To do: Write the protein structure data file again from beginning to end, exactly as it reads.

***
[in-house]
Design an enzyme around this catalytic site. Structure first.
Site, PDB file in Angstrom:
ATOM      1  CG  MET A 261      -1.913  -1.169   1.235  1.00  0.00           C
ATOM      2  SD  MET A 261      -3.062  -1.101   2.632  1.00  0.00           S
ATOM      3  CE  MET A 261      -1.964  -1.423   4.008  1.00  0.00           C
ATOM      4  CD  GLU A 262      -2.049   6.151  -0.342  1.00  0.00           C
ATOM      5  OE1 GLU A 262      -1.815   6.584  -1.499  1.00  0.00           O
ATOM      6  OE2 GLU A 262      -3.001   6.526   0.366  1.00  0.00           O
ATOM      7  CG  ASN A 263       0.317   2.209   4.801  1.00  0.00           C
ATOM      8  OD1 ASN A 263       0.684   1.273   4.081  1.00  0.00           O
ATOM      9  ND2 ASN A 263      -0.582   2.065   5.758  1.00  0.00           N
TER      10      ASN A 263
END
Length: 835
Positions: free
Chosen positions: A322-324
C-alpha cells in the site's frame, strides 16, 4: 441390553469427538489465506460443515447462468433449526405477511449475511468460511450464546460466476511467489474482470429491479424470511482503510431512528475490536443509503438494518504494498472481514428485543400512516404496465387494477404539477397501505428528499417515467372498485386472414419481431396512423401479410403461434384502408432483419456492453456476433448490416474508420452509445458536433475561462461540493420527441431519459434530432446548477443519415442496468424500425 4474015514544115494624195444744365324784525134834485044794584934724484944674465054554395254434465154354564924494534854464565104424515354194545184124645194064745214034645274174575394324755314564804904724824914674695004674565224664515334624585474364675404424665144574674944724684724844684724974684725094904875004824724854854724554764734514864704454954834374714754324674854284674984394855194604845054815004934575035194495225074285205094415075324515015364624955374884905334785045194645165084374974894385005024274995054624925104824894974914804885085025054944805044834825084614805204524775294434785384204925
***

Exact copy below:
[in-house]
Design an enzyme around this catalytic site. Structure first.
Site, PDB file in Angstrom:
ATOM      1  CG  MET A 261      -1.913  -1.169   1.235  1.00  0.00           C
ATOM      2  SD  MET A 261      -3.062  -1.101   2.632  1.00  0.00           S
ATOM      3  CE  MET A 261      -1.964  -1.423   4.008  1.00  0.00           C
ATOM      4  CD  GLU A 262      -2.049   6.151  -0.342  1.00  0.00           C
ATOM      5  OE1 GLU A 262      -1.815   6.584  -1.499  1.00  0.00           O
ATOM      6  OE2 GLU A 262      -3.001   6.526   0.366  1.00  0.00           O
ATOM      7  CG  ASN A 263       0.317   2.209   4.801  1.00  0.00           C
ATOM      8  OD1 ASN A 263       0.684   1.273   4.081  1.00  0.00           O
ATOM      9  ND2 ASN A 263      -0.582   2.065   5.758  1.00  0.00           N
TER      10      ASN A 263
END
Length: 835
Positions: free
Chosen positions: A322-324
C-alpha cells in the site's frame, strides 16, 4: 441390553469427538489465506460443515447462468433449526405477511449475511468460511450464546460466476511467489474482470429491479424470511482503510431512528475490536443509503438494518504494498472481514428485543400512516404496465387494477404539477397501505428528499417515467372498485386472414419481431396512423401479410403461434384502408432483419456492453456476433448490416474508420452509445458536433475561462461540493420527441431519459434530432446548477443519415442496468424500425 4474015514544115494624195444744365324784525134834485044794584934724484944674465054554395254434465154354564924494534854464565104424515354194545184124645194064745214034645274174575394324755314564804904724824914674695004674565224664515334624585474364675404424665144574674944724684724844684724974684725094904875004824724854854724554764734514864704454954834374714754324674854284674984394855194604845054815004934575035194495225074285205094415075324515015364624955374884905334785045194645165084374974894385005024274995054624925104824894974914804885085025054944805044834825084614805204524775294434785384204925